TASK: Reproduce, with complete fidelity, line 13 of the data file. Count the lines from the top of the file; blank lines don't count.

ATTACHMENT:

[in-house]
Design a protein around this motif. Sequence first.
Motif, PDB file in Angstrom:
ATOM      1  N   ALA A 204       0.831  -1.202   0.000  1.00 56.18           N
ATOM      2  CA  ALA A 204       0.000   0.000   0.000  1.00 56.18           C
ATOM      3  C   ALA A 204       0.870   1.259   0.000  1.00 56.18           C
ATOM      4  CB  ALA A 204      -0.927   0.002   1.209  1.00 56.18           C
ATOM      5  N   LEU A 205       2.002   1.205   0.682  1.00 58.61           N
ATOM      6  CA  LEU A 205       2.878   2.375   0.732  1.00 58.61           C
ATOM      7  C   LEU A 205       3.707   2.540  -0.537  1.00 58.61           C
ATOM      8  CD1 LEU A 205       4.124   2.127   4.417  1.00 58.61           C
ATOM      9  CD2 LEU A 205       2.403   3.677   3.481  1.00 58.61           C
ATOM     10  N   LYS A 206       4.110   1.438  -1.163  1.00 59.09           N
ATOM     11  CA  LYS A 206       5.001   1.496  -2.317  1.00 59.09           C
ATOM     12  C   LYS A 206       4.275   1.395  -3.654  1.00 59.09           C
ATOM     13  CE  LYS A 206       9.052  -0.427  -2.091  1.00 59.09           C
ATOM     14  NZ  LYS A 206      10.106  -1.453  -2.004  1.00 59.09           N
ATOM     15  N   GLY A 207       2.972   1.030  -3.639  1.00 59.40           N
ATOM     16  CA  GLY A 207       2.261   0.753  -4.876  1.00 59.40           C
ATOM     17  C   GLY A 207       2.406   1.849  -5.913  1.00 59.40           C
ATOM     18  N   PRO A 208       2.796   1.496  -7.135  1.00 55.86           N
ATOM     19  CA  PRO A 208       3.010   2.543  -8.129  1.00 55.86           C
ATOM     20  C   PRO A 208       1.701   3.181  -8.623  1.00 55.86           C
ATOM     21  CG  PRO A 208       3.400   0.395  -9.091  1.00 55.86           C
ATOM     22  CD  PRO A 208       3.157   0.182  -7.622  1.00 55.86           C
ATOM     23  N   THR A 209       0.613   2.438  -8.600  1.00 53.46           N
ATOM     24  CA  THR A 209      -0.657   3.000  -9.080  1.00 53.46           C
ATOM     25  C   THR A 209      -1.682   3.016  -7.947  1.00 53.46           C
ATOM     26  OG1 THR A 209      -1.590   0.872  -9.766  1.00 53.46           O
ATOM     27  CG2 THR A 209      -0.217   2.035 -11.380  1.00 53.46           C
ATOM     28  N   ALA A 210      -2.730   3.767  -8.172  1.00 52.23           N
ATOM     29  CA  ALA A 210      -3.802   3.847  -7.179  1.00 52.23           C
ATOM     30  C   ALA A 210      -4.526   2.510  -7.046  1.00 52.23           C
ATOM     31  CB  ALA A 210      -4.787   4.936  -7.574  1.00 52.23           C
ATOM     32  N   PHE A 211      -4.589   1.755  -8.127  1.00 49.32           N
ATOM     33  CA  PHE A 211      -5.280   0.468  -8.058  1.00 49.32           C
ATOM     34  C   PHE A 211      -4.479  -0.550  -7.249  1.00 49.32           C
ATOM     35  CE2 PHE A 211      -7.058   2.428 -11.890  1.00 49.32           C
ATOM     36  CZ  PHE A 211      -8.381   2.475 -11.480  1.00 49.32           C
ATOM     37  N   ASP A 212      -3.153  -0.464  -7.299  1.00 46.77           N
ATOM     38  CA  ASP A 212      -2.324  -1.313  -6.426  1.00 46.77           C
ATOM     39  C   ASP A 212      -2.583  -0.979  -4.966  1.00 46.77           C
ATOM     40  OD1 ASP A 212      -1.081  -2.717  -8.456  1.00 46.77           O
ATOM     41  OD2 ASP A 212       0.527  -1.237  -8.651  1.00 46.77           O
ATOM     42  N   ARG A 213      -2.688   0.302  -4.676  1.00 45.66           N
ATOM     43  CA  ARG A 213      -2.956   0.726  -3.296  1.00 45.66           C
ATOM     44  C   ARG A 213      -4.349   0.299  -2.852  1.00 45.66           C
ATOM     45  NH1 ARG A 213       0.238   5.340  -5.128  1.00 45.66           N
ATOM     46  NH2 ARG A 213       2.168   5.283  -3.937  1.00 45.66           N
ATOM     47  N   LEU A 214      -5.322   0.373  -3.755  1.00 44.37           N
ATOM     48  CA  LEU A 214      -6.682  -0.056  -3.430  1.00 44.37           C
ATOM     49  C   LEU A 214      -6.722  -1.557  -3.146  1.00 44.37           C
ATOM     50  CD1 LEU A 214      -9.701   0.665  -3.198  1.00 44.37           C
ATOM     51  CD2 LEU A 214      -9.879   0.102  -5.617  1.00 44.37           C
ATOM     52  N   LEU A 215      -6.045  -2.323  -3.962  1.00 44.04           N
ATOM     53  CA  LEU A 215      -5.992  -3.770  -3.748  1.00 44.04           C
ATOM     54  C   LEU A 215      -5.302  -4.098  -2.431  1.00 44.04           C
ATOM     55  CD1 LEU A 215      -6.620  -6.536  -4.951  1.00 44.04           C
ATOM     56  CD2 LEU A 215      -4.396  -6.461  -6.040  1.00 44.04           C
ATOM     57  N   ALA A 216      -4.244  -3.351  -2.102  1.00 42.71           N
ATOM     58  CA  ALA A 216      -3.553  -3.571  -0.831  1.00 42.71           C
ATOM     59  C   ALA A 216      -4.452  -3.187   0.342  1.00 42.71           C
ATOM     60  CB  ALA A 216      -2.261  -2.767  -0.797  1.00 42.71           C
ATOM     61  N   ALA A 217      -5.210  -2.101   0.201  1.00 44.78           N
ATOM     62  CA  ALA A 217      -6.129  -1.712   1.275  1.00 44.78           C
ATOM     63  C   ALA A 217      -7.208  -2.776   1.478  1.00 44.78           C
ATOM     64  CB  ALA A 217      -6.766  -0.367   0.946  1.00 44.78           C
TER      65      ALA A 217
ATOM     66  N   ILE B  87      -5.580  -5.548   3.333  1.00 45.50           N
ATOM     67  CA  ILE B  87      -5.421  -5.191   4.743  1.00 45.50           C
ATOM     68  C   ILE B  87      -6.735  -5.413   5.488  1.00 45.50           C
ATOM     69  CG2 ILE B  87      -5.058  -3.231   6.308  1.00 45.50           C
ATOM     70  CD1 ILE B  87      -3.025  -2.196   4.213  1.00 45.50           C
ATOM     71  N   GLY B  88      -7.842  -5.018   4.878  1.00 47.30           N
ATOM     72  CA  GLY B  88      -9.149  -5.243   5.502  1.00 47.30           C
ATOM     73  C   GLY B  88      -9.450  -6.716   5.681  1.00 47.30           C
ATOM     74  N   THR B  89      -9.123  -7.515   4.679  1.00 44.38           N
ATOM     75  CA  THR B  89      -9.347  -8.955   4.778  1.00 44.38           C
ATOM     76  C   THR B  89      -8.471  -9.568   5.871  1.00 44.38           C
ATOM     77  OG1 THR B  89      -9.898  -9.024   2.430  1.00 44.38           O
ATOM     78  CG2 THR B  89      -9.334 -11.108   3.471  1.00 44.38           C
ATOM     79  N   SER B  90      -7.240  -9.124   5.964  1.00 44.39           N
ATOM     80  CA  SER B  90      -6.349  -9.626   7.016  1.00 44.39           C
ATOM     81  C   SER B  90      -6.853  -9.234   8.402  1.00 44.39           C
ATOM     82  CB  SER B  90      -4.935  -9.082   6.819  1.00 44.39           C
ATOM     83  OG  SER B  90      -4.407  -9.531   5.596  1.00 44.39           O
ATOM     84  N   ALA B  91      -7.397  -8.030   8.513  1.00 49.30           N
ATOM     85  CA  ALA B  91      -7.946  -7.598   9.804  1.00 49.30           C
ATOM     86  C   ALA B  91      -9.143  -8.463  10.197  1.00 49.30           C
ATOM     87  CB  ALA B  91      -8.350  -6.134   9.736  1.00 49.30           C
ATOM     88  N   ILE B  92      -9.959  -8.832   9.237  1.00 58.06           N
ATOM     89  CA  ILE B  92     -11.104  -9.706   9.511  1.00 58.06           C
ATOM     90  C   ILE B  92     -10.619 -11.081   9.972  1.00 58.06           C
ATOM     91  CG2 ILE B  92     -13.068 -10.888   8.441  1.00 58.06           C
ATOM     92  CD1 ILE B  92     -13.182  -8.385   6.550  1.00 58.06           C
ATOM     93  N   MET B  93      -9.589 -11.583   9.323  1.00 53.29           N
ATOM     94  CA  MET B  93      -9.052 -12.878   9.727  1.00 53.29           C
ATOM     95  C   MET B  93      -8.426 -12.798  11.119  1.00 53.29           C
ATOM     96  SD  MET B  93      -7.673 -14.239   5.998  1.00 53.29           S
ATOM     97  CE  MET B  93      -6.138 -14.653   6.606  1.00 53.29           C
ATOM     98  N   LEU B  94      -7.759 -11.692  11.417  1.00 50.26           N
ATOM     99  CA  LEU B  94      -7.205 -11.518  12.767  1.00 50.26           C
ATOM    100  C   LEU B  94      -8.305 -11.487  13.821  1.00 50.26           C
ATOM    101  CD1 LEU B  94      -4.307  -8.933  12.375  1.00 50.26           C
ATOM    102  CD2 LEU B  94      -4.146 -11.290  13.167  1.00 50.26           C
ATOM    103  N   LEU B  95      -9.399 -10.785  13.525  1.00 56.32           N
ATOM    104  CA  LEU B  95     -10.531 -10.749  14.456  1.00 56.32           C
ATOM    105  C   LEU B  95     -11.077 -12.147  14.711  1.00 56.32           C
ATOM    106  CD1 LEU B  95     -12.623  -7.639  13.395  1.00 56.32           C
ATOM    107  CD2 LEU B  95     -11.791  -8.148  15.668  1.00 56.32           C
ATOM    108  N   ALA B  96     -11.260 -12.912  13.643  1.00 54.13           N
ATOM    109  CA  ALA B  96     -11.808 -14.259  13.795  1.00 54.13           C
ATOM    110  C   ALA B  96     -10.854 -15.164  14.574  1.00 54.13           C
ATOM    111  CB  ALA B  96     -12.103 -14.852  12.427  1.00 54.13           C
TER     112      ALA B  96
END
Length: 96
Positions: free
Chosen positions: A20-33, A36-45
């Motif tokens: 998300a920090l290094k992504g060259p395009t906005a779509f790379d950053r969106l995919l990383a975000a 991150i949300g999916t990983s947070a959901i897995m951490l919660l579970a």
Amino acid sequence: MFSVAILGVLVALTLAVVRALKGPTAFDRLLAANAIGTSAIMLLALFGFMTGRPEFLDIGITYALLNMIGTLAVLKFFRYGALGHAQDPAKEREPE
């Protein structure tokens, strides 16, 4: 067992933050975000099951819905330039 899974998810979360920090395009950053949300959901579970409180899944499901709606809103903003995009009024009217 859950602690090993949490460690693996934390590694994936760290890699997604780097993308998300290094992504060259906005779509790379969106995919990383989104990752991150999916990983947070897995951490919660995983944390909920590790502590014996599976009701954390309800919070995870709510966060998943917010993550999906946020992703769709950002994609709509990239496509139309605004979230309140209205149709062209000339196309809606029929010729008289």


ATOM     10  N   LYS A 206       4.110   1.438  -1.163  1.00 59.09           N